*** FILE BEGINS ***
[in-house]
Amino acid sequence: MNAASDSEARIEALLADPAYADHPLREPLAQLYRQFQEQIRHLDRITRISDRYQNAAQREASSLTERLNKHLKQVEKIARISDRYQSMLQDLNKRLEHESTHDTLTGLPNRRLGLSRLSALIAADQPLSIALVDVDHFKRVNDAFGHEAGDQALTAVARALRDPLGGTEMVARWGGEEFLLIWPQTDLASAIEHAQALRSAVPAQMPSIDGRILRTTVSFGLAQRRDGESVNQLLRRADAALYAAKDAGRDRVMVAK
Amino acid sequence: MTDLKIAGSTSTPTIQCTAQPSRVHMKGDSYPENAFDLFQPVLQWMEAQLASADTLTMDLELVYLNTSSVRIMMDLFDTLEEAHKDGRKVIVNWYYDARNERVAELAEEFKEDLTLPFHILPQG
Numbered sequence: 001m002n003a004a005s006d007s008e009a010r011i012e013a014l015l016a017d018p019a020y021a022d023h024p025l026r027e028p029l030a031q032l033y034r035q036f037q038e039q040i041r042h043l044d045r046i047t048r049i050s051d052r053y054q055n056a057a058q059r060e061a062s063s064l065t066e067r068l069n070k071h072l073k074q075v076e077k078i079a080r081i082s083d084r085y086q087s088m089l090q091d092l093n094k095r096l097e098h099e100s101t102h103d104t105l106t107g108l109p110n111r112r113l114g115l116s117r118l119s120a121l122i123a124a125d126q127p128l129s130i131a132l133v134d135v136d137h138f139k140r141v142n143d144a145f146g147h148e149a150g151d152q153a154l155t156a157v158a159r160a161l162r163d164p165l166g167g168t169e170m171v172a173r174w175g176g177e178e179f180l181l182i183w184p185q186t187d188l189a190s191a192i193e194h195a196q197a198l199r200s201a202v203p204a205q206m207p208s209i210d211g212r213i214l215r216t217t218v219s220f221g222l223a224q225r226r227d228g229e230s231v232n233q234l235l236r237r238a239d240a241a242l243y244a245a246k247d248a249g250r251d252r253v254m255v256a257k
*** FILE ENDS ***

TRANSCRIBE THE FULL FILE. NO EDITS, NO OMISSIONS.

[in-house]
Amino acid sequence: MNAASDSEARIEALLADPAYADHPLREPLAQLYRQFQEQIRHLDRITRISDRYQNAAQREASSLTERLNKHLKQVEKIARISDRYQSMLQDLNKRLEHESTHDTLTGLPNRRLGLSRLSALIAADQPLSIALVDVDHFKRVNDAFGHEAGDQALTAVARALRDPLGGTEMVARWGGEEFLLIWPQTDLASAIEHAQALRSAVPAQMPSIDGRILRTTVSFGLAQRRDGESVNQLLRRADAALYAAKDAGRDRVMVAK
Amino acid sequence: MTDLKIAGSTSTPTIQCTAQPSRVHMKGDSYPENAFDLFQPVLQWMEAQLASADTLTMDLELVYLNTSSVRIMMDLFDTLEEAHKDGRKVIVNWYYDARNERVAELAEEFKEDLTLPFHILPQG
Numbered sequence: 001m002n003a004a005s006d007s008e009a010r011i012e013a014l015l016a017d018p019a020y021a022d023h024p025l026r027e028p029l030a031q032l033y034r035q036f037q038e039q040i041r042h043l044d045r046i047t048r049i050s051d052r053y054q055n056a057a058q059r060e061a062s063s064l065t066e067r068l069n070k071h072l073k074q075v076e077k078i079a080r081i082s083d084r085y086q087s088m089l090q091d092l093n094k095r096l097e098h099e100s101t102h103d104t105l106t107g108l109p110n111r112r113l114g115l116s117r118l119s120a121l122i123a124a125d126q127p128l129s130i131a132l133v134d135v136d137h138f139k140r141v142n143d144a145f146g147h148e149a150g151d152q153a154l155t156a157v158a159r160a161l162r163d164p165l166g167g168t169e170m171v172a173r174w175g176g177e178e179f180l181l182i183w184p185q186t187d188l189a190s191a192i193e194h195a196q197a198l199r200s201a202v203p204a205q206m207p208s209i210d211g212r213i214l215r216t217t218v219s220f221g222l223a224q225r226r227d228g229e230s231v232n233q234l235l236r237r238a239d240a241a242l243y244a245a246k247d248a249g250r251d252r253v254m255v256a257k